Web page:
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Seattle's payroll tax is thriving, but faces next legal challenge

caption: Seattle's skyline.
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Seattle's skyline.
KUOW/Gil Aegerter

Seattle’s new payroll tax survived its first court challenge last June, and the city collected $231 million from affected businesses in 2021. The city is forecasting continued growth: $277 million in tax proceeds for 2022 and almost $300 million next year. Now, the lawsuit heads the Washington state Court of Appeals, which is scheduled to hear oral arguments Friday.

The Seattle City Council enacted the “JumpStart” payroll tax in 2020, aiming it at large companies with high-earning employees. The Seattle Metropolitan Chamber of Commerce sued to stop the tax, calling it “illegal, invalid and unconstitutional.” Much of the legal arguments concern whether it qualifies as an income tax, since state law prohibits cities and counties from taxing net income. The Chamber lawsuit calls it “a tax on employee compensation masquerading as an excise tax.”

King County Superior Court Judge Mary Roberts upheld the tax, saying the city has authority to tax business activities, and calling it “a permissible tax on the privilege of doing business.” The tax is directed at businesses with at least $7 million in annual payroll. They pay taxes based on the salaries of their Seattle employees who make $150,000 per year or more.

Judge Roberts said the payroll tax was not a tax on “the right to earn a living,” as the Chamber maintained, because employers are specifically prohibited from passing the tax on to their employees.

Seattle Chamber CEO Rachel Smith said chamber members continue to believe the payroll tax is illegal.

“The Seattle payroll tax is a tax on the right to earn a living, which the Washington State Supreme Court has found unconstitutional," Smith said. "The top priority for the Chamber and our members remains a strong and inclusive economic recovery, and we are committed to partnering with the city of Seattle and others in our region on the many dimensions of that work.”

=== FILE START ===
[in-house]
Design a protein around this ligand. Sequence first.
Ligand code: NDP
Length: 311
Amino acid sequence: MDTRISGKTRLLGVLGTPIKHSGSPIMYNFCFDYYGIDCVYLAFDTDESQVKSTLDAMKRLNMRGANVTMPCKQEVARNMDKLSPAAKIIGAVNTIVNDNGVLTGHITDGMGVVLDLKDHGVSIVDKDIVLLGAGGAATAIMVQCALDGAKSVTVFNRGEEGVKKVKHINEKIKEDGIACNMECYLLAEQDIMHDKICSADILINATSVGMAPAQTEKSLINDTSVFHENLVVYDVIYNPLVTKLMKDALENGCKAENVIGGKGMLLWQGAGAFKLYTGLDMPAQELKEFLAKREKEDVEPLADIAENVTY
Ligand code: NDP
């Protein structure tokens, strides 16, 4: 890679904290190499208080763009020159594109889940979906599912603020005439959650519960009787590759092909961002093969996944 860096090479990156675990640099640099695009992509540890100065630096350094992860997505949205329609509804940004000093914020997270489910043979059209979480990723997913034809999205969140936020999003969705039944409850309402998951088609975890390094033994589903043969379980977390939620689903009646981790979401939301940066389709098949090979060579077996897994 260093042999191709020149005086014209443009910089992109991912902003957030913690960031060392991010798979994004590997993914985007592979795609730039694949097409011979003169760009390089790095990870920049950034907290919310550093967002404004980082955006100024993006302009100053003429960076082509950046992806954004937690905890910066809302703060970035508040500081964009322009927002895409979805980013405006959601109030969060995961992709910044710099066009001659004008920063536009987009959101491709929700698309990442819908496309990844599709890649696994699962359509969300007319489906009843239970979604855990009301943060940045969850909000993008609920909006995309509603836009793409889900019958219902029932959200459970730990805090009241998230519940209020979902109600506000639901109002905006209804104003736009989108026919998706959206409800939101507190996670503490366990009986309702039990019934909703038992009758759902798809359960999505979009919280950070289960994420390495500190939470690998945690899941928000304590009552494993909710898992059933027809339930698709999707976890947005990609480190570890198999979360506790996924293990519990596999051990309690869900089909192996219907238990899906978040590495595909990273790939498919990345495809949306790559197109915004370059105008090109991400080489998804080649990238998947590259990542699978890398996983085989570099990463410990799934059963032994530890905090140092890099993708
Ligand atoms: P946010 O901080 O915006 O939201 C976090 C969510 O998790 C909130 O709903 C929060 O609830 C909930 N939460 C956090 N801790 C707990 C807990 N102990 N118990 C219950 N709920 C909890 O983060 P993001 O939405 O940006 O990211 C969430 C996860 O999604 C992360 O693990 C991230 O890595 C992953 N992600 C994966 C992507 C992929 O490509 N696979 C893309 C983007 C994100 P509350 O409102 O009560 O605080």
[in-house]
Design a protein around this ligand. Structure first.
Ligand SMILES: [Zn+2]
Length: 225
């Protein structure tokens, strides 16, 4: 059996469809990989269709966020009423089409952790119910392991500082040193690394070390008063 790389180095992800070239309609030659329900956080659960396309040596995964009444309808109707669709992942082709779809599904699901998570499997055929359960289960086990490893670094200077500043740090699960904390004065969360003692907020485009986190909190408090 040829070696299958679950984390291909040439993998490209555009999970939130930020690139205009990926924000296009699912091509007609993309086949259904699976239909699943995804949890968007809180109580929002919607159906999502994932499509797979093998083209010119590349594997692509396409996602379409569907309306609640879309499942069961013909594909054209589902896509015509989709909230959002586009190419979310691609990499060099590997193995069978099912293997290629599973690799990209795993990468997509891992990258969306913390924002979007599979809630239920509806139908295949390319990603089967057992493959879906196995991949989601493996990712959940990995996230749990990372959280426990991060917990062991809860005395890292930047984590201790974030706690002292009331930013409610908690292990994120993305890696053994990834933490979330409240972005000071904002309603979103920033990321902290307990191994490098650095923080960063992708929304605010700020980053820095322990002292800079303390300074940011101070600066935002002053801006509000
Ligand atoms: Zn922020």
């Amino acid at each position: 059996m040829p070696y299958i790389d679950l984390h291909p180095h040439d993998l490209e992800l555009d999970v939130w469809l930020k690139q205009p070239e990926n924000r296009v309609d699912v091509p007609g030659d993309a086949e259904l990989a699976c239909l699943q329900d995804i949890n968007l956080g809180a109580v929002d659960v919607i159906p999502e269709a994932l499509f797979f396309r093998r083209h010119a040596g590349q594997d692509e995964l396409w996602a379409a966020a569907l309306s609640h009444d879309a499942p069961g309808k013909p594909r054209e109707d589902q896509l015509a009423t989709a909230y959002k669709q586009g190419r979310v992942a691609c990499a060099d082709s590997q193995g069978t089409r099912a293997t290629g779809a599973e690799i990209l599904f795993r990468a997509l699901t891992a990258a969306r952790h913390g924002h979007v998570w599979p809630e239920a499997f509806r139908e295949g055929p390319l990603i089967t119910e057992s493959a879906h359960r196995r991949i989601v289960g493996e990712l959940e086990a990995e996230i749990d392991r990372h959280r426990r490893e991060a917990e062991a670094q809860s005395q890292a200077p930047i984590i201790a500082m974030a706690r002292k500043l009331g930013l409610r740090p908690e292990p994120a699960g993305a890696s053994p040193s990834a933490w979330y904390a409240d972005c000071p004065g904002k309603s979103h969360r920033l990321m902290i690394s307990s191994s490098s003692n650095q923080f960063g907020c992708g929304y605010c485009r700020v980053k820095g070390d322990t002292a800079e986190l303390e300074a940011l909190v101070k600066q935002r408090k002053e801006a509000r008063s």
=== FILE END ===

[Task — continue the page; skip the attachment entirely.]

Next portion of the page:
Seattle City Councilmember Teresa Mosqueda, who co-sponsored the legislation creating the tax, said in a statement that she believes the city will prevail.

“We feel confident in the legislation we built, that provides much needed investment in what our City needs most: housing, Green New Deal, economic resilience, and Equitable Development,” Mosqueda said. “JumpStart Seattle was built by a broad coalition of stakeholders and withstood a challenge in the lower court. We thank and have full confidence in our City Attorney's Office.”

The Seattle City Council used the initial tax proceeds to offset the city’s lost revenue during the pandemic. But this year more than 60 percent the proceeds are directed to affordable housing, with the rest going to small business assistance, and grants to community organizations to prevent displacement.

Mosqueda said $97 million in JumpStart funds were used for shovel-ready affordable housing projects starting in 2021, and also funded operations and capital expenses to create additional Permanent Supportive Housing. Her office said the city is making “unprecedented investments in permanently affordable homeownership.”

In a brief filed in December, attorneys under the direction of then-City Attorney Pete Holmes urged the Court of Appeals to uphold the lower court decision.

“Under the Washington State Constitution, the State Legislature authorizes the City of Seattle to impose excise taxes on businesses," the attorneys wrote. "The [payroll tax] is a valid tax on employers engaging in business in the City, measured by payroll expense. It is not a tax on employees.”

A spokesperson for new Seattle City Attorney Ann Davison said nothing has changed in terms of the office’s handling of the case. Assistant City Attorney Kent Meyer will present oral arguments on behalf of the city.

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